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Brooklyn Bar Association gives tips for estate planning in the digital age

April 19, 2019 Rob Abruzzese
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Technology has had many intended and unintended consequences over the years and as it takes over more of our lives, trust and estate attorneys are taking more consideration of digital assets and what happens to our online accounts after we die.

Daniel Antonelli, the vice chair of the Brooklyn Bar Association’s Trust and Estates Section, has certainly taken notice.

“From what I see, there is a question as to whether you can get into people’s email accounts or social media accounts after they die, and for what reasons,” Antonelli said. “There is a distinction between digital assets in your iPhone, like photos, and emails, which are more of a communication than an asset. The law isn’t clear on what executors have access to and when.”

To help clear up some issues, the Brooklyn Bar Association hosted attorney Robert M. Harper, from the law firm Farrell Fritz, P.C., to give a continuing legal education lecture entitled, “Death Gets Digital: Your Password Won’t Expire Even When You Do,” at the bar association on Remsen Street on Wednesday.

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“For attorneys who are drafting wills for clients it’s going to educate them about the best way to fulfill their wishes,” Antonelli said. “Do their clients want other people to read their emails? Maybe there are old love letters in there, or other sensitive materials, so maybe they do, maybe they don’t. If you specify in the will, that is your best chance at accomplishing your clients wishes.”

The two-hour lecture was an attempt to answer as many questions as attorneys who attended had and also help them to avoid some of the unanswerable questions. For many attorneys in attendance at the lecture, this is something that went from a hypothetical question just a few years ago to one that comes up often in their practice.

Antonelli recalled the first time he was litigating a will and wanted to gain access to a person’s email account to determine if the person intended something to be a gift left in the will or not. When he contacted Google to try to gain access to the account, he was denied.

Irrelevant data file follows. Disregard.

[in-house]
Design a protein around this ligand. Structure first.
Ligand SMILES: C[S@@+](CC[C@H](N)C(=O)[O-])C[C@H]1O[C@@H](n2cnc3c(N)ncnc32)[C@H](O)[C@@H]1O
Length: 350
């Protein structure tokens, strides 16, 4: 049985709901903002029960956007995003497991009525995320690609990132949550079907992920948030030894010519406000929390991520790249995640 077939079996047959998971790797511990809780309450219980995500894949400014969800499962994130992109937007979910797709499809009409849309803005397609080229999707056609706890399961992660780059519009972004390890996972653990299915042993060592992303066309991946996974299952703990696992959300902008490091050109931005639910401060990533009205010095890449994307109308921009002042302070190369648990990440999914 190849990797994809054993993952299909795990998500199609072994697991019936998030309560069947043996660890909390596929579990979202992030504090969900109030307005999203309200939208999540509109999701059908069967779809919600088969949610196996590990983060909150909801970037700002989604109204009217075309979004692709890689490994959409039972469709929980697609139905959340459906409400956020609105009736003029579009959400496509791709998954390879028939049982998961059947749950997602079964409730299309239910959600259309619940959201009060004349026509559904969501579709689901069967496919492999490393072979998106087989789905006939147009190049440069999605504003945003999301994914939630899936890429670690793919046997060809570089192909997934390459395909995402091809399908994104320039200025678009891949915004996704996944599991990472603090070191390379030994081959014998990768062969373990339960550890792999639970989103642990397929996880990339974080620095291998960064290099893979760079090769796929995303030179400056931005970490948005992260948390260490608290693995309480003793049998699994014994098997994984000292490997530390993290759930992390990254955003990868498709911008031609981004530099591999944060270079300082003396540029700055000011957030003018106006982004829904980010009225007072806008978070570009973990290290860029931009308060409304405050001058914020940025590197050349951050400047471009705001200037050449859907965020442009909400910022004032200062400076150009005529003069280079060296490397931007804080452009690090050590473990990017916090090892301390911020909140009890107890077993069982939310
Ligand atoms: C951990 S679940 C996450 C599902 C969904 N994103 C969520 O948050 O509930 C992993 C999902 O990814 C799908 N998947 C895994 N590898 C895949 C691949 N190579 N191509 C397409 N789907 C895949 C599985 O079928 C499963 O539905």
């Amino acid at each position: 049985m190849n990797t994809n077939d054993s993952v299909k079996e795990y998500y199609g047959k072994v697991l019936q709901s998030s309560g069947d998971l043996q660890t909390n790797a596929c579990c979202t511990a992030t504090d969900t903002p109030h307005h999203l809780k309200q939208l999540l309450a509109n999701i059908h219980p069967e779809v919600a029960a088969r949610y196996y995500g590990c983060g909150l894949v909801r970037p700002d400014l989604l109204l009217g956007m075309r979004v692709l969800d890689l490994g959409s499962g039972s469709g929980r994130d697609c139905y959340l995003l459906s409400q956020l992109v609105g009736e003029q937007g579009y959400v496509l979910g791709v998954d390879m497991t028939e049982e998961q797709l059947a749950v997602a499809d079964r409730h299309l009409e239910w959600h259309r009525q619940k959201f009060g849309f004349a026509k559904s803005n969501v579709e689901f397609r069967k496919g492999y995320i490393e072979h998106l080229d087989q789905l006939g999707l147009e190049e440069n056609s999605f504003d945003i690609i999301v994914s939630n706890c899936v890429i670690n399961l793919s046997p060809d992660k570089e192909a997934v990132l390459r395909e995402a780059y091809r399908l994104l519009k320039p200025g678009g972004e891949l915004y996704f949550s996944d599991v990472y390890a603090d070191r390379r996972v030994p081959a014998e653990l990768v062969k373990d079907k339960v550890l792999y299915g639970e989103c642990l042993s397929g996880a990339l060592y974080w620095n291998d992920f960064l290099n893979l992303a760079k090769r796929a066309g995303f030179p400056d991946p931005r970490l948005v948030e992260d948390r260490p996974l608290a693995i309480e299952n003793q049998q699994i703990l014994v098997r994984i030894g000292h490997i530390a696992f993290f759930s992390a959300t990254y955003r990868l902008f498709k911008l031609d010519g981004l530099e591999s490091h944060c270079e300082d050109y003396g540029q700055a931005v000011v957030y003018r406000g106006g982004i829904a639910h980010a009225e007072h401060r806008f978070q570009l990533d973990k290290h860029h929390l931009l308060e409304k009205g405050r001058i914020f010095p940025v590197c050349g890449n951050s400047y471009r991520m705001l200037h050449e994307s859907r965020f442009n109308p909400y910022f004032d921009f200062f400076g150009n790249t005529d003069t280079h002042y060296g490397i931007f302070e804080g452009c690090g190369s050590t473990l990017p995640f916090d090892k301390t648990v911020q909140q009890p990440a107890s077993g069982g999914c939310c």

“There aren’t clear answers for the questions surrounding the topic,” Antonelli admitted. “I’m working on a case against Facebook and Google where we’re trying to get information that we know they’re not going to give to us so we’re looking at potential discovery decisions. I don’t know if I’m going to win, but at least we can make some law and we’ll have an answer one way or another.”

Unfortunately, Harper didn’t have clear-cut answers either. A big part of the problem is that these issues haven’t been addressed by the courts before and have largely been completely ignored by both state and federal legislators.

“What is a digital asset?” Harper asked rhetorically. “The answer is not clear-cut. There are courts here in New York that describe digital assets as intangible property. That answer, in my view, leaves a lot to be desired. We have to be mindful of the fact that while the development of digital assets and technology is going full steam ahead, the law is not keeping pace. We’re only now finally getting cases that address digital assets in a trust and estates capacity.”

That doesn’t mean that Harper didn’t do his best to explain the current case law that is available and recommend best practices that he thought attorneys should follow to try to prevent issues from arising. He also passed along four “best practice” tips for estate planning in the digital age.

His first tip — advise clients to select fiduciaries who are comfortable dealing with digital assets. Second, draft estate planning instruments to address digital assets. Third, instruct clients to back up all data, email and any digital assets they can regularly so that they don’t need to be retrieved by another person after their death. Finally, suggest to clients that they attach digital assets in the names of their corporate entities rather than their own names when possible.

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